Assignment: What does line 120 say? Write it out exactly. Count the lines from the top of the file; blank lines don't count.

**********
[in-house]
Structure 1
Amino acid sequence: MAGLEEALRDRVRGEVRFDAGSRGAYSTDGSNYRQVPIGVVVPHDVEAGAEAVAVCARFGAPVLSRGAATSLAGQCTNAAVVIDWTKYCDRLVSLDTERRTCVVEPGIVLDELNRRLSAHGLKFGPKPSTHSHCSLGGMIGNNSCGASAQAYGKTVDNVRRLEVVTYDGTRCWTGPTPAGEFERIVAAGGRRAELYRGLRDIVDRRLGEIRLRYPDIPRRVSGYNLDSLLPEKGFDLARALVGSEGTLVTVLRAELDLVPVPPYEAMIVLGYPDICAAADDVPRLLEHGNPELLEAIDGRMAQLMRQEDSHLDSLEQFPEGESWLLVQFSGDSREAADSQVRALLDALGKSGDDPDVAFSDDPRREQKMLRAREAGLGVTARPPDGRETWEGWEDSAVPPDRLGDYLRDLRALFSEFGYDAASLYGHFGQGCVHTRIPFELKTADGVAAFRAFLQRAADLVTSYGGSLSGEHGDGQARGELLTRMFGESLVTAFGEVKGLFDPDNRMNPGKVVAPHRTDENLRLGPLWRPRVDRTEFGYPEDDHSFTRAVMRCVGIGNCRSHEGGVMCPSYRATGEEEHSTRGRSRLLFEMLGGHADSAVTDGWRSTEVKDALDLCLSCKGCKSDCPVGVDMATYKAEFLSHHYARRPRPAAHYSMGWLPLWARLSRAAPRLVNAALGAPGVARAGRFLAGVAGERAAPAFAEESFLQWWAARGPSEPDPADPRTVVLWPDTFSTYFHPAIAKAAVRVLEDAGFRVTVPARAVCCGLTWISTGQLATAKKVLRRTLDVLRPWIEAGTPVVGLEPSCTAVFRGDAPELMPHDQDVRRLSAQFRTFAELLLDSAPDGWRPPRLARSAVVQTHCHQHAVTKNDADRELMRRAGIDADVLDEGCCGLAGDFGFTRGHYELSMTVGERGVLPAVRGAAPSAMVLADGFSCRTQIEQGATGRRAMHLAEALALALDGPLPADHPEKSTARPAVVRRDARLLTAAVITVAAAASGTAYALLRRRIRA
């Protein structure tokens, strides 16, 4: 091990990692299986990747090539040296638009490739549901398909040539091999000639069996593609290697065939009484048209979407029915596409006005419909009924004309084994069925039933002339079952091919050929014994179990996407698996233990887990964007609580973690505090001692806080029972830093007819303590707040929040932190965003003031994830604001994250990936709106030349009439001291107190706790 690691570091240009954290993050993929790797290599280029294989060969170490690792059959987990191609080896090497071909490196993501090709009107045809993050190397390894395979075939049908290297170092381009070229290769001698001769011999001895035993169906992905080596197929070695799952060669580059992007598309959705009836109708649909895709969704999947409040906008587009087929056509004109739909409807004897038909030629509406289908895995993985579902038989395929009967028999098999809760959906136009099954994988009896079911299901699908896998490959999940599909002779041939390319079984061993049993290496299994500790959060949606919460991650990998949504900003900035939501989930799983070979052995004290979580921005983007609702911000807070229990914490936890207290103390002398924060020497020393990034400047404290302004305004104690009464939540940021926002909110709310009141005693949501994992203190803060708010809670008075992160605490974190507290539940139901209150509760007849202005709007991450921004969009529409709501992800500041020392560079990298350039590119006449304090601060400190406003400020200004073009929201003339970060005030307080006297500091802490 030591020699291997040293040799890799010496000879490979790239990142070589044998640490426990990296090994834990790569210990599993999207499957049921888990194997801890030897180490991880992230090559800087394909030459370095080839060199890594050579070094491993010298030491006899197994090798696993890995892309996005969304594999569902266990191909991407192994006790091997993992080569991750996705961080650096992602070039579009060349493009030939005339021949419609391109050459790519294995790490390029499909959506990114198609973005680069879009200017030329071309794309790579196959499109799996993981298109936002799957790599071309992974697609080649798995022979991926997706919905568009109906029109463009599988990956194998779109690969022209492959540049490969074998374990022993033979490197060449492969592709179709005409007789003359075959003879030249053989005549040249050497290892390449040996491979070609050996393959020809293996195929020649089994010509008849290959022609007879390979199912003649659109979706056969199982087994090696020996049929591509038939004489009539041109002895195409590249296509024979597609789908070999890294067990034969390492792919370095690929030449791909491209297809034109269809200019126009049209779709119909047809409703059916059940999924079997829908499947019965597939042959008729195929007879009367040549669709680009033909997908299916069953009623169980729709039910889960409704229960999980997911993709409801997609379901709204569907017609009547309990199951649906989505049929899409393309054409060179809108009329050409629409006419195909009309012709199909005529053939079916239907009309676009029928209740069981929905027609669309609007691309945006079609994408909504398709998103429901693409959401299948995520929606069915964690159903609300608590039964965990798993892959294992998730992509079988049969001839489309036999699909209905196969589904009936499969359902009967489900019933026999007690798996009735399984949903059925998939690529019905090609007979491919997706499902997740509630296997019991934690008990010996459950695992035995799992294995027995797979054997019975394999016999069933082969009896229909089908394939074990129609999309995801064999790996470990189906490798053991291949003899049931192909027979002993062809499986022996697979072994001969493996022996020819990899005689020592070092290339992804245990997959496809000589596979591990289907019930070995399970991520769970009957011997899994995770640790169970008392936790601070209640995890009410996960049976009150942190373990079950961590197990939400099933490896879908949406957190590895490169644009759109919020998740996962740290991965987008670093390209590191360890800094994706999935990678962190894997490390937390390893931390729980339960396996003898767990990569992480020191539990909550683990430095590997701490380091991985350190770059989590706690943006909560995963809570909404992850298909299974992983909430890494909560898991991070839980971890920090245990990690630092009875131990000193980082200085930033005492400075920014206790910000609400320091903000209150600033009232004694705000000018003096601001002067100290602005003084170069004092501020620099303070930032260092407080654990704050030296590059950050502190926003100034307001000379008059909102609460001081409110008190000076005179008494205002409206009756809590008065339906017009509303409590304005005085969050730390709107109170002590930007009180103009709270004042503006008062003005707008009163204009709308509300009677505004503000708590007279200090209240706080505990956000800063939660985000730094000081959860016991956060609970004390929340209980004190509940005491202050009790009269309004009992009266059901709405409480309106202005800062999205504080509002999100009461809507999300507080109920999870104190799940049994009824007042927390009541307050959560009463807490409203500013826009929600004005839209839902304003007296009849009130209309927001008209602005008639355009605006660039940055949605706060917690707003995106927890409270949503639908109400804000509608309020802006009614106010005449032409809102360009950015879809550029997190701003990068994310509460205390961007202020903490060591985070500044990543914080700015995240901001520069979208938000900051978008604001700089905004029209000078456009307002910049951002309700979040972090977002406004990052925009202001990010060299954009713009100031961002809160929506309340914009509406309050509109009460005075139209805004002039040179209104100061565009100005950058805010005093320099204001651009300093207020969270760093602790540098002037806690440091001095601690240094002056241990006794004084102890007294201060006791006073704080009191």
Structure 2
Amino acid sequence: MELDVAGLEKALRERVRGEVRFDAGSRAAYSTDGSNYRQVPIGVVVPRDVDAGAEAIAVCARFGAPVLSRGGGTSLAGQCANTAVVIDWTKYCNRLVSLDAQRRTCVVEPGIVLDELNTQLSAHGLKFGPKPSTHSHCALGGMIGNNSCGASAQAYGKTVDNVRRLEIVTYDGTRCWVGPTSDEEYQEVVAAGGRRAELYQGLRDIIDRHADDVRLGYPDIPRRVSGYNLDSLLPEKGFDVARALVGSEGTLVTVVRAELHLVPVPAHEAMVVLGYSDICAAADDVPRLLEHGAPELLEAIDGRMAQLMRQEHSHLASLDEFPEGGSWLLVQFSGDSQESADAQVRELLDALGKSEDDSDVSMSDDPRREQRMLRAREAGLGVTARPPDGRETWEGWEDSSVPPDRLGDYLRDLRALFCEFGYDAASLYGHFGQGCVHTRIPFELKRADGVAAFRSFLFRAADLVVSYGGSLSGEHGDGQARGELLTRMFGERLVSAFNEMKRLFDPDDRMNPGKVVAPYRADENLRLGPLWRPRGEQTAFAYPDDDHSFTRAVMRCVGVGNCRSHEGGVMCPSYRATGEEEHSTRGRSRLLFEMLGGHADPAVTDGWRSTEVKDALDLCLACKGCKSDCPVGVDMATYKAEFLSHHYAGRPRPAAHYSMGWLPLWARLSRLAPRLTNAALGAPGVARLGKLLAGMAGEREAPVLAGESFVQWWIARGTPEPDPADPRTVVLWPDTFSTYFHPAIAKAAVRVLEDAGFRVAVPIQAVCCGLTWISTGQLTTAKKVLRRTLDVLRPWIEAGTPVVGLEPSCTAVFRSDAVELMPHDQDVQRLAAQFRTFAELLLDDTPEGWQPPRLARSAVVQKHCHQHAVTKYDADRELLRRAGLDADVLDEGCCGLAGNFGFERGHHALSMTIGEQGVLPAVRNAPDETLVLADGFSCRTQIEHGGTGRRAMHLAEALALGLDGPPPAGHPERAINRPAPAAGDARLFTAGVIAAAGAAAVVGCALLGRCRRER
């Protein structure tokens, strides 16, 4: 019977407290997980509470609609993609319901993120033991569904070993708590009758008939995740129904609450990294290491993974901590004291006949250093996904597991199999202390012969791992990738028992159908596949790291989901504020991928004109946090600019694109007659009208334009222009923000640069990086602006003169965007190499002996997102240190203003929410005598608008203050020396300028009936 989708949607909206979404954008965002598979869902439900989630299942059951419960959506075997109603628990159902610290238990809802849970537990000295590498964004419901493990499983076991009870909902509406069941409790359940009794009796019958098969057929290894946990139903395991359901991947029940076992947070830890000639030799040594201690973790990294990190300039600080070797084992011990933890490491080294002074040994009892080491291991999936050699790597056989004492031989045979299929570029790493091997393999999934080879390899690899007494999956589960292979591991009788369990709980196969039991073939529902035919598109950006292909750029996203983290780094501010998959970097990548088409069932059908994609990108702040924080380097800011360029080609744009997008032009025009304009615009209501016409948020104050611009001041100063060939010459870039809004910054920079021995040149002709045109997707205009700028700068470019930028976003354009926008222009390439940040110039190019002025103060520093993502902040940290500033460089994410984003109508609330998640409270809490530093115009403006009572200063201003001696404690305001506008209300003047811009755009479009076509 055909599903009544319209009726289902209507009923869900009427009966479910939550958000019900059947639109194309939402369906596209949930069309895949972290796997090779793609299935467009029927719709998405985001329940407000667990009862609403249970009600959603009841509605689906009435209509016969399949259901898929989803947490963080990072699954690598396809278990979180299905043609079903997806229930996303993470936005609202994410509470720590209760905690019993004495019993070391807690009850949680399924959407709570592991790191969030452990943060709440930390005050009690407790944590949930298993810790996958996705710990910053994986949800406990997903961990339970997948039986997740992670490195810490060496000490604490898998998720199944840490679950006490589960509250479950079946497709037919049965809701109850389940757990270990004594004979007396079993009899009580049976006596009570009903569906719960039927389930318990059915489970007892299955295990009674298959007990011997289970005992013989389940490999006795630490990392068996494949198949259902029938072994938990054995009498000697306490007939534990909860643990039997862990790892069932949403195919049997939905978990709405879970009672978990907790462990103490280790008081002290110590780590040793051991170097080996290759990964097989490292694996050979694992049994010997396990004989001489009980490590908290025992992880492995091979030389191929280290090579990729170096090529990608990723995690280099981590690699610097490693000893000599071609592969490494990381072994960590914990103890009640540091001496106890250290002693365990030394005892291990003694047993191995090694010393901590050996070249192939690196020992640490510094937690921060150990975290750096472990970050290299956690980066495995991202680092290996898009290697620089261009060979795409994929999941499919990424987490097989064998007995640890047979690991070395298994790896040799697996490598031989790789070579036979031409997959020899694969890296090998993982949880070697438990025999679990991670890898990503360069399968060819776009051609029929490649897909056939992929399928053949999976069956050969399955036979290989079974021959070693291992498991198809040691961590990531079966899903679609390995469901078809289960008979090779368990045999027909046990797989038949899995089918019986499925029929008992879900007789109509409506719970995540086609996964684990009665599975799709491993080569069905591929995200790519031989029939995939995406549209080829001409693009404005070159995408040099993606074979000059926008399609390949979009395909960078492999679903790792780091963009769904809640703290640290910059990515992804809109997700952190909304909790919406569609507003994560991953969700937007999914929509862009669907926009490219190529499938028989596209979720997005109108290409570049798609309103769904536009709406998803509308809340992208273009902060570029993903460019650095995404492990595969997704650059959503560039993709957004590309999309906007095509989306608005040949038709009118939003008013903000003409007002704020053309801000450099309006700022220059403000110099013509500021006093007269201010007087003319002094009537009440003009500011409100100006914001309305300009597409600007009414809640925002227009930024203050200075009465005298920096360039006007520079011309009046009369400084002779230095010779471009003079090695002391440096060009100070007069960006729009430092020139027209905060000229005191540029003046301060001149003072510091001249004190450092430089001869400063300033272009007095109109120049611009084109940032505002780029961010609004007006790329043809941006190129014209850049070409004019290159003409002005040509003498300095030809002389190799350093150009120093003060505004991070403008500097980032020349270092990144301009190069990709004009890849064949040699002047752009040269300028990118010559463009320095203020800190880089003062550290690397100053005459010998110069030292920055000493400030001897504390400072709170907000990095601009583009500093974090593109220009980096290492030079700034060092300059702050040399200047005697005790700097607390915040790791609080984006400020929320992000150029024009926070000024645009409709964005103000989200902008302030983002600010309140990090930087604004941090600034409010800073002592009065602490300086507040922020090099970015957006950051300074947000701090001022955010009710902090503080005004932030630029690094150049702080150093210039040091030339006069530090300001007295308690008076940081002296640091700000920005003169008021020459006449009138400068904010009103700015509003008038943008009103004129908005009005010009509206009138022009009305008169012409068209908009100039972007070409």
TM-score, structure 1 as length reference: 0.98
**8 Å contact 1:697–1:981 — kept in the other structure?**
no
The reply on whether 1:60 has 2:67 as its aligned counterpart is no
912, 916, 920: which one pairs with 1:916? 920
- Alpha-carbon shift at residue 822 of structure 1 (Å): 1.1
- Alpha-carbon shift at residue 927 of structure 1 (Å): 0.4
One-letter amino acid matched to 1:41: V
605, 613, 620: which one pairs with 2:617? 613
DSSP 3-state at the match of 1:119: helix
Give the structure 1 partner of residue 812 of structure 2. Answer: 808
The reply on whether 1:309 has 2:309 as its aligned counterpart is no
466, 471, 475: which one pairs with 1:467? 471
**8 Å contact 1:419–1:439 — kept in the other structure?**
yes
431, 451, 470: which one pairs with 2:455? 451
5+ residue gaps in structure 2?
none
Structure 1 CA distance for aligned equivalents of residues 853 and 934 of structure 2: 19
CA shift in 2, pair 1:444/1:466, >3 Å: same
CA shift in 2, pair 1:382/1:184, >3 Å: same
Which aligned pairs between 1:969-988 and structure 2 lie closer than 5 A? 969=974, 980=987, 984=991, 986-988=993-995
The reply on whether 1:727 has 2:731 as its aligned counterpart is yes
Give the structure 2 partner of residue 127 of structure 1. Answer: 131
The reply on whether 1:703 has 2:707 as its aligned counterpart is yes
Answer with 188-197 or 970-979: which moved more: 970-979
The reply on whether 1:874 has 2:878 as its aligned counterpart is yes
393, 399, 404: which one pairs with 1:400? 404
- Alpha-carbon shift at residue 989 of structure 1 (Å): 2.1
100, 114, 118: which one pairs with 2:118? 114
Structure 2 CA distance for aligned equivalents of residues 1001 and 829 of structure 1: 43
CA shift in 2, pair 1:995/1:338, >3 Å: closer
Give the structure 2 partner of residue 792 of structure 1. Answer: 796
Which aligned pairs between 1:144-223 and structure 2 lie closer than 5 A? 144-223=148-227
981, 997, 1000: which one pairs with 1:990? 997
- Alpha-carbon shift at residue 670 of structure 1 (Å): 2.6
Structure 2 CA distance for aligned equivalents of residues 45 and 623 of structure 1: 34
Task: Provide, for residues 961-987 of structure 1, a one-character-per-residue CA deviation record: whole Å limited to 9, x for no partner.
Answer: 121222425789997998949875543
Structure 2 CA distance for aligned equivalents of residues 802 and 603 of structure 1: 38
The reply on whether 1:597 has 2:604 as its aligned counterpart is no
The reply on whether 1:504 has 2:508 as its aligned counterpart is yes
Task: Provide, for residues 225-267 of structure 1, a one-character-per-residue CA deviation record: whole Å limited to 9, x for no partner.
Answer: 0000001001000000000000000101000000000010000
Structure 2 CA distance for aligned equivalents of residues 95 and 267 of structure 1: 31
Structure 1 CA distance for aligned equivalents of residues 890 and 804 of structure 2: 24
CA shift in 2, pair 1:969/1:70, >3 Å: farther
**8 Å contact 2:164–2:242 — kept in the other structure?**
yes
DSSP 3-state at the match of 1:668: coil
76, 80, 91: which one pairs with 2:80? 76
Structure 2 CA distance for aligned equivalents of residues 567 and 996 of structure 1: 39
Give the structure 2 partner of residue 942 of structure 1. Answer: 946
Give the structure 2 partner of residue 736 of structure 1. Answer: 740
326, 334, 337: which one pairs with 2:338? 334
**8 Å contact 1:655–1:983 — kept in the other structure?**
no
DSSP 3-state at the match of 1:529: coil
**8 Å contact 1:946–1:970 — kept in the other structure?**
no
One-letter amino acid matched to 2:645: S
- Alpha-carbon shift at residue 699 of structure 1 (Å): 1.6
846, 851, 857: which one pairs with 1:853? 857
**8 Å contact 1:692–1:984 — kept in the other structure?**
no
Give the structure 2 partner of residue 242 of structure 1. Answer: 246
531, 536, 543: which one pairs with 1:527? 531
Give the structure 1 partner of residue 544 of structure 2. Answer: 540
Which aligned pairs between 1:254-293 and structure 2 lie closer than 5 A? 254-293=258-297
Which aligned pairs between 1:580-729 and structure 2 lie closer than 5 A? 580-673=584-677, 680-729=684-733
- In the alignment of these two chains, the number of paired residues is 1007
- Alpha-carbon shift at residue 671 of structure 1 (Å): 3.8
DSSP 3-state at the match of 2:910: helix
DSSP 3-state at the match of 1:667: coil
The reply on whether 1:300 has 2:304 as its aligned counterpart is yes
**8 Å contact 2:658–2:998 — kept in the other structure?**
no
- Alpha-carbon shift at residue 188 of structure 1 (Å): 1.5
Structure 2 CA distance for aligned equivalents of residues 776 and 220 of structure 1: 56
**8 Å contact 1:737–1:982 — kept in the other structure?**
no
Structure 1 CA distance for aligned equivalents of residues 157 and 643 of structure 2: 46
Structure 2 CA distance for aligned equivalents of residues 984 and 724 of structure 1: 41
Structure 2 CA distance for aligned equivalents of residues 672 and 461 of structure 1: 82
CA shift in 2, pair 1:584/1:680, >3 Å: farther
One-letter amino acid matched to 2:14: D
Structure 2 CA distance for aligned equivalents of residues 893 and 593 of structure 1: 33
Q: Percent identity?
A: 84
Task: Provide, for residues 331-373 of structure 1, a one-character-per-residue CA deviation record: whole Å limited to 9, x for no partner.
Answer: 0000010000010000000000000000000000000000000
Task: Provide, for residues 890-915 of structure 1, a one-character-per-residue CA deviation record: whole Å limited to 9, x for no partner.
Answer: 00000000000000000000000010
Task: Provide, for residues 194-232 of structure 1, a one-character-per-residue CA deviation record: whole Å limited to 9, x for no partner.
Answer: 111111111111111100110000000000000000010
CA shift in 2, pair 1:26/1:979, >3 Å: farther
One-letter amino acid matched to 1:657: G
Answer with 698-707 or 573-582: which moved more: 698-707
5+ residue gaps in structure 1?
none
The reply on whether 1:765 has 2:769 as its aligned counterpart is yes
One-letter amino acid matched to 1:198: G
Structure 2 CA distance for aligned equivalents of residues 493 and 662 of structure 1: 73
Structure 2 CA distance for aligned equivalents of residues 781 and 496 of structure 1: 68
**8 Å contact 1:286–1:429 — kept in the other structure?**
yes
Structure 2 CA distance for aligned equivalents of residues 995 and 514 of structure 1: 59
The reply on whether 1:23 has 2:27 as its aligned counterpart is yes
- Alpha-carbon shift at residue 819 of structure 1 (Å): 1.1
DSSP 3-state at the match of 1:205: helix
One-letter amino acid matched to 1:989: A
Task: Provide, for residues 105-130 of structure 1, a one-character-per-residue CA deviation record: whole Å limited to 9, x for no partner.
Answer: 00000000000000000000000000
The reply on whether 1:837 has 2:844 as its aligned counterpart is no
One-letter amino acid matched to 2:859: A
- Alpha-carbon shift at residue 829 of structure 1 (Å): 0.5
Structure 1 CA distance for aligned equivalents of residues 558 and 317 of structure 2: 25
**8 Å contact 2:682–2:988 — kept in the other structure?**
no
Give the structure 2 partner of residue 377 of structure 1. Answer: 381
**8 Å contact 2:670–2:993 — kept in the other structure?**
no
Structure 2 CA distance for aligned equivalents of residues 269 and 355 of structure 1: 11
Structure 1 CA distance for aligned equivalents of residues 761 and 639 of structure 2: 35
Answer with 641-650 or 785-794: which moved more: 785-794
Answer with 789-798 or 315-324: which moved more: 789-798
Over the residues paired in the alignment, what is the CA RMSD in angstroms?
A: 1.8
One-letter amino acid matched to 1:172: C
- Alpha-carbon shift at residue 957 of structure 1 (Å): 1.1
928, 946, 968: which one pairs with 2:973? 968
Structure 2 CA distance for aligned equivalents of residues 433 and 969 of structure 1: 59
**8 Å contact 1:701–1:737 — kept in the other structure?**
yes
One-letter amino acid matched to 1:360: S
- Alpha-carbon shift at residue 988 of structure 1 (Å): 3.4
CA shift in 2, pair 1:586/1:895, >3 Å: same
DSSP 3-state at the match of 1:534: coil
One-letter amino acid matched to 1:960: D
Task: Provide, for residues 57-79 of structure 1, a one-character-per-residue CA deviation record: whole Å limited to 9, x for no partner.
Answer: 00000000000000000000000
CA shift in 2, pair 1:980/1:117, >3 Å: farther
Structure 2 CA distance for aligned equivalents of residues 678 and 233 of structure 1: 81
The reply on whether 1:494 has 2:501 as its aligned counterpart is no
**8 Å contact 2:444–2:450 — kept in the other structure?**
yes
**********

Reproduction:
Answer: 00000000000000000000000000